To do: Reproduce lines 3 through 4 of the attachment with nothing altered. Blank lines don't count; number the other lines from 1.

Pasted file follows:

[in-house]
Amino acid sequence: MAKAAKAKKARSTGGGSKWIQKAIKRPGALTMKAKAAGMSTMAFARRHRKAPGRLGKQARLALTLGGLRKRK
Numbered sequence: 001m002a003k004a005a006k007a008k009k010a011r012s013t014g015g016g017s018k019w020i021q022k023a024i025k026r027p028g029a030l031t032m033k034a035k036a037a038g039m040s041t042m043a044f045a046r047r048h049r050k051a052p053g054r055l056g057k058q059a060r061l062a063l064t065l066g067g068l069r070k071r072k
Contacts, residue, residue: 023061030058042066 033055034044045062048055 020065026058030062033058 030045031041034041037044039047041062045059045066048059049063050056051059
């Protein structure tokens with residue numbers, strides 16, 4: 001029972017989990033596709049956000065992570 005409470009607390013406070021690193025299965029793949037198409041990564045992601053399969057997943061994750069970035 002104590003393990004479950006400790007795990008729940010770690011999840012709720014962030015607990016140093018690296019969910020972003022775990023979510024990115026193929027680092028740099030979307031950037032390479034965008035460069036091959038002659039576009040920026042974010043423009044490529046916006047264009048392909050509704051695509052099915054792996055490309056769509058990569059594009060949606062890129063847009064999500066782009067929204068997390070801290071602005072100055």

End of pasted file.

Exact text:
Numbered sequence: 001m002a003k004a005a006k007a008k009k010a011r012s013t014g015g016g017s018k019w020i021q022k023a024i025k026r027p028g029a030l031t032m033k034a035k036a037a038g039m040s041t042m043a044f045a046r047r048h049r050k051a052p053g054r055l056g057k058q059a060r061l062a063l064t065l066g067g068l069r070k071r072k
Contacts, residue, residue: 023061030058042066 033055034044045062048055 020065026058030062033058 030045031041034041037044039047041062045059045066048059049063050056051059